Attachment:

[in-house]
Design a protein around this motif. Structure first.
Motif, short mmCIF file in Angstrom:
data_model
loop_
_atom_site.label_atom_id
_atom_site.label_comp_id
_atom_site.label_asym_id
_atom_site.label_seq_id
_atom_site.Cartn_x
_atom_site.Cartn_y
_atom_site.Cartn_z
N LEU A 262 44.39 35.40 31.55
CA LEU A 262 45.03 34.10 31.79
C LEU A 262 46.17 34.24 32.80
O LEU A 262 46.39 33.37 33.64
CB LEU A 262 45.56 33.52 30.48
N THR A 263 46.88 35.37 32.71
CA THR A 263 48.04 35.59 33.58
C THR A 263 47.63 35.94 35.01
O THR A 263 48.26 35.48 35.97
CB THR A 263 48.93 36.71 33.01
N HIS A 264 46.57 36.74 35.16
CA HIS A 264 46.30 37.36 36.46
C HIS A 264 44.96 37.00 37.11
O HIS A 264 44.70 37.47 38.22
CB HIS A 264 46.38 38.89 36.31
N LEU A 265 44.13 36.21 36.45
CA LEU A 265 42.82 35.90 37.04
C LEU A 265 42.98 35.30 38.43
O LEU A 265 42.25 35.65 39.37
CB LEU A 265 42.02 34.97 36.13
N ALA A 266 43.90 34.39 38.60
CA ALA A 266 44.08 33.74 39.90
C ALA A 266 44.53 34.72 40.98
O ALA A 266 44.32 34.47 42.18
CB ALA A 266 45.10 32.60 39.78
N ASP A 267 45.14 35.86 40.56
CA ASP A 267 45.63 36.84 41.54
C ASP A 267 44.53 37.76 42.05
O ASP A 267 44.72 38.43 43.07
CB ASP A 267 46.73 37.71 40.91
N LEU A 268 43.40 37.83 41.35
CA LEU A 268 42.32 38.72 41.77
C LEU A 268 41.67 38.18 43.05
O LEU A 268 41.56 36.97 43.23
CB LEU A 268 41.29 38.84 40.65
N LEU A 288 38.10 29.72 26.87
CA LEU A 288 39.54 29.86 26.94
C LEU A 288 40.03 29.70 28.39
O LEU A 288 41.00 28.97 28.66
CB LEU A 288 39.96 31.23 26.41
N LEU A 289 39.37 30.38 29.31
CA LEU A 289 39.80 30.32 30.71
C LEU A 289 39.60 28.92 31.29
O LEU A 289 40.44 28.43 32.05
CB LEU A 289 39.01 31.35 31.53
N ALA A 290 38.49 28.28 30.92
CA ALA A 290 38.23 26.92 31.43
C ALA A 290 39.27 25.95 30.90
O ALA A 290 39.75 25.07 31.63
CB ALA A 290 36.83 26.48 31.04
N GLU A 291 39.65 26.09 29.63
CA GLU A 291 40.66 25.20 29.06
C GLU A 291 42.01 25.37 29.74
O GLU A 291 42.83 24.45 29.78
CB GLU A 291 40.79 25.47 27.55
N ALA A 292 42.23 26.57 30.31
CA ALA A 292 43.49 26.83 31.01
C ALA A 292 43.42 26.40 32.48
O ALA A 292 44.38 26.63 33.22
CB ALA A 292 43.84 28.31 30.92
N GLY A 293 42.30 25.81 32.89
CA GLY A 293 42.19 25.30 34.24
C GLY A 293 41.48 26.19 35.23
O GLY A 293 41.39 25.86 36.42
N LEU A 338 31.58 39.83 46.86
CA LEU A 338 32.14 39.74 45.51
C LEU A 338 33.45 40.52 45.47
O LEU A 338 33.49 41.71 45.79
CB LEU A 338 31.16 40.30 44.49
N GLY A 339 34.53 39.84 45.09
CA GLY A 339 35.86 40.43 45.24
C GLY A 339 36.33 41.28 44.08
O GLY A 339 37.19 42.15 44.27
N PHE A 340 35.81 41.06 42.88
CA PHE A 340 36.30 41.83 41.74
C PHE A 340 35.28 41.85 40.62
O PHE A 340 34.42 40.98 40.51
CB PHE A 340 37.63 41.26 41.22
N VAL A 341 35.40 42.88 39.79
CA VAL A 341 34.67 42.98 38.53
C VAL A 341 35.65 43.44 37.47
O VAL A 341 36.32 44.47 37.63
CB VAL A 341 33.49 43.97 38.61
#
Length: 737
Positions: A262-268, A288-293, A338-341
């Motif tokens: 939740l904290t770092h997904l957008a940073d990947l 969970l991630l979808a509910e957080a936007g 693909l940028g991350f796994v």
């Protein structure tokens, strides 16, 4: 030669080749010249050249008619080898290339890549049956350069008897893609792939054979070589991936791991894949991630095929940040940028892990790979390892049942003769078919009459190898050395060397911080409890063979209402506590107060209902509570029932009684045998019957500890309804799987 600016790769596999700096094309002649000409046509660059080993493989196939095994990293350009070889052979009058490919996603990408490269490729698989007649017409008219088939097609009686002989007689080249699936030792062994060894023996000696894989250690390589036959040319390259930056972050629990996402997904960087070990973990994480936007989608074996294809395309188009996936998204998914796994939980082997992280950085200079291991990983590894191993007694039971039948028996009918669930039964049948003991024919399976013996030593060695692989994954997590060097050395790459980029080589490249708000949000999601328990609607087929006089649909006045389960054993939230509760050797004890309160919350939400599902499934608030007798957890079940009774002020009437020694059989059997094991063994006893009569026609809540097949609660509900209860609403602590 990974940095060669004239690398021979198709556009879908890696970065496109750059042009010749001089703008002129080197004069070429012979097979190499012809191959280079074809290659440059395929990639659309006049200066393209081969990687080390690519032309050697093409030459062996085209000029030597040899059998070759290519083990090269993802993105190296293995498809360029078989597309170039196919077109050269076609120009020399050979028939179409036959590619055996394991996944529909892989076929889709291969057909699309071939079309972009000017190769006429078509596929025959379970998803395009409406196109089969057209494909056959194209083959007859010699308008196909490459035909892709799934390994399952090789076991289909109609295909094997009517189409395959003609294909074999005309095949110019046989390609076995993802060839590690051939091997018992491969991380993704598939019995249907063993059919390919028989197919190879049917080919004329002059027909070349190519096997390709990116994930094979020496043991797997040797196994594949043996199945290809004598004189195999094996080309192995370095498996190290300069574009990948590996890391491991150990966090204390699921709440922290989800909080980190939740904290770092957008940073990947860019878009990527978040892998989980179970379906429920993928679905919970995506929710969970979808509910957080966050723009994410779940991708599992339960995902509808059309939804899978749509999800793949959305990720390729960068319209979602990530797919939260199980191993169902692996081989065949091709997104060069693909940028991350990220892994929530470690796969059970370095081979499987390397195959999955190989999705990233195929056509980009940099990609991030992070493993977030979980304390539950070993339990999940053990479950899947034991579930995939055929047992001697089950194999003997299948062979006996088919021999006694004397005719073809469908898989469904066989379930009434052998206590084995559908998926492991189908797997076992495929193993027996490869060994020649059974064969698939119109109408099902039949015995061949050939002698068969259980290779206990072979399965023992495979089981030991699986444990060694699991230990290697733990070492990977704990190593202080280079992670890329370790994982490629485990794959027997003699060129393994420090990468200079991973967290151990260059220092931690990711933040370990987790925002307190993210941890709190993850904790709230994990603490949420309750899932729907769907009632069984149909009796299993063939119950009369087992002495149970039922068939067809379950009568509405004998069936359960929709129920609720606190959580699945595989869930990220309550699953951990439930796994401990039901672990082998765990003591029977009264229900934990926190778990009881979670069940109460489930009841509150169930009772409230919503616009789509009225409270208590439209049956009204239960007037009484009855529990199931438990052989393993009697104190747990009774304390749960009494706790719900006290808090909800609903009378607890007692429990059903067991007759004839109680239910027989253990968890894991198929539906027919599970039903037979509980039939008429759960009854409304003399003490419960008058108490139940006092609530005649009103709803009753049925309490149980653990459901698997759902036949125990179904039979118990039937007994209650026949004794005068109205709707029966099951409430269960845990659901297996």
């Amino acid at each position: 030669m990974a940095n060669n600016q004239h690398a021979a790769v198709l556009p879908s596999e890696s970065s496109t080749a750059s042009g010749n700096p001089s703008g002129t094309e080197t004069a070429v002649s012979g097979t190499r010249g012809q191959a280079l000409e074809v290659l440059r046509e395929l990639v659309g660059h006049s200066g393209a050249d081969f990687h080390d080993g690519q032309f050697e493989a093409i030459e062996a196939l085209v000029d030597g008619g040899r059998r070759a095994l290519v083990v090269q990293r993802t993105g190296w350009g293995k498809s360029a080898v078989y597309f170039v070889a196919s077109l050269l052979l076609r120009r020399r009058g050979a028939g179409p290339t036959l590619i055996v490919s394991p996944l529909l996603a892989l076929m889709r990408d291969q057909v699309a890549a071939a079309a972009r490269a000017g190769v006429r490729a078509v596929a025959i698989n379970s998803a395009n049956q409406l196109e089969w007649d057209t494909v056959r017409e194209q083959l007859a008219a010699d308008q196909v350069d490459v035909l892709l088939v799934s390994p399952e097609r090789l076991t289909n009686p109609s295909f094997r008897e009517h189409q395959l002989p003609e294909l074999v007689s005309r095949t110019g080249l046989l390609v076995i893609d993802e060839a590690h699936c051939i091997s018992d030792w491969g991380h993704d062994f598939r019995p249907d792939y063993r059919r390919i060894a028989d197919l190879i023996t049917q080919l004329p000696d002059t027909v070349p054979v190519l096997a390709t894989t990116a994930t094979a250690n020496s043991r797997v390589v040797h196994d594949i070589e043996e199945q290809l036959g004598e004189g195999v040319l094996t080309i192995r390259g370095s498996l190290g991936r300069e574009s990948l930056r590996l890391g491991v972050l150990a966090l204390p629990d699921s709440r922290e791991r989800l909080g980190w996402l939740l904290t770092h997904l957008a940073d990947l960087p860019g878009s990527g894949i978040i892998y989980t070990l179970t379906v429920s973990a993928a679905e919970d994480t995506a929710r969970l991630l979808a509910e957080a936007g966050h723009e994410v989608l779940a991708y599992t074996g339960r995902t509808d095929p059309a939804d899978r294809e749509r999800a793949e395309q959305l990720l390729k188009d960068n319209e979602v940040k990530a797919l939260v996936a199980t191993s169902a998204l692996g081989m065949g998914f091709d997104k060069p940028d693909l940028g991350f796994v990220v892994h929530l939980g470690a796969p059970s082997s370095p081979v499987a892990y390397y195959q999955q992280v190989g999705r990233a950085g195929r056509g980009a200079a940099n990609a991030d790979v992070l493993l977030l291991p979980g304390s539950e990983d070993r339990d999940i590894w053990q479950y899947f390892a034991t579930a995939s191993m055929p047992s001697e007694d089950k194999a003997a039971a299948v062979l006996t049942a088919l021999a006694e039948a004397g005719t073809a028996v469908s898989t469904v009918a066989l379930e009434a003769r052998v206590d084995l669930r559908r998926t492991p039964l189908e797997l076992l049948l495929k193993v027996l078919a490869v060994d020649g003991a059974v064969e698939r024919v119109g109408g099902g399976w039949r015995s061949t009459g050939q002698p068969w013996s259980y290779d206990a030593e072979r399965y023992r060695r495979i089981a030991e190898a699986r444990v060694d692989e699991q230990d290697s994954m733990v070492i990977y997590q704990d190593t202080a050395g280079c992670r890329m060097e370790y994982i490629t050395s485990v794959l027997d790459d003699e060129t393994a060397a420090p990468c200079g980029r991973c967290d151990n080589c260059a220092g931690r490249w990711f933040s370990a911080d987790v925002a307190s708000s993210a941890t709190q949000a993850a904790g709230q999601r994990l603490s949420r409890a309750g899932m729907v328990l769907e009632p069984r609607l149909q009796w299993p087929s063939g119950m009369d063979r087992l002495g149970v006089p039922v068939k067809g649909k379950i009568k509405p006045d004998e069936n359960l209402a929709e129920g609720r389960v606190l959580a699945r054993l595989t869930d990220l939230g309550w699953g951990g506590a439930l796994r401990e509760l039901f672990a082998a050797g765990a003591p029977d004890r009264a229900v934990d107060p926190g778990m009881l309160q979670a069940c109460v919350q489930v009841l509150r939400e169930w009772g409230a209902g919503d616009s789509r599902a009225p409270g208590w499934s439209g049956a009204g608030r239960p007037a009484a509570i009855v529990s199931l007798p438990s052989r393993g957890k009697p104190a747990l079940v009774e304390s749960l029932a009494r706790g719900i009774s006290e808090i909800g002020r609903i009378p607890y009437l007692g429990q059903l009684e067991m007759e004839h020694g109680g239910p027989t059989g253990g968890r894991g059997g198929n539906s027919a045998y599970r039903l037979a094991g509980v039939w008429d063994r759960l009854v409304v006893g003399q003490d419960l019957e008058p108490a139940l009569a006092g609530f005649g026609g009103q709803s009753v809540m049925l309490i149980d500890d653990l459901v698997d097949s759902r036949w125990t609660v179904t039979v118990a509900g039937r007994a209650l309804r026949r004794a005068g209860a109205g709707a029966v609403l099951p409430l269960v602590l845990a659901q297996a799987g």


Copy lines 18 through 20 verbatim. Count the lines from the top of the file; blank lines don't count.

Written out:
N THR A 263 46.88 35.37 32.71
CA THR A 263 48.04 35.59 33.58
C THR A 263 47.63 35.94 35.01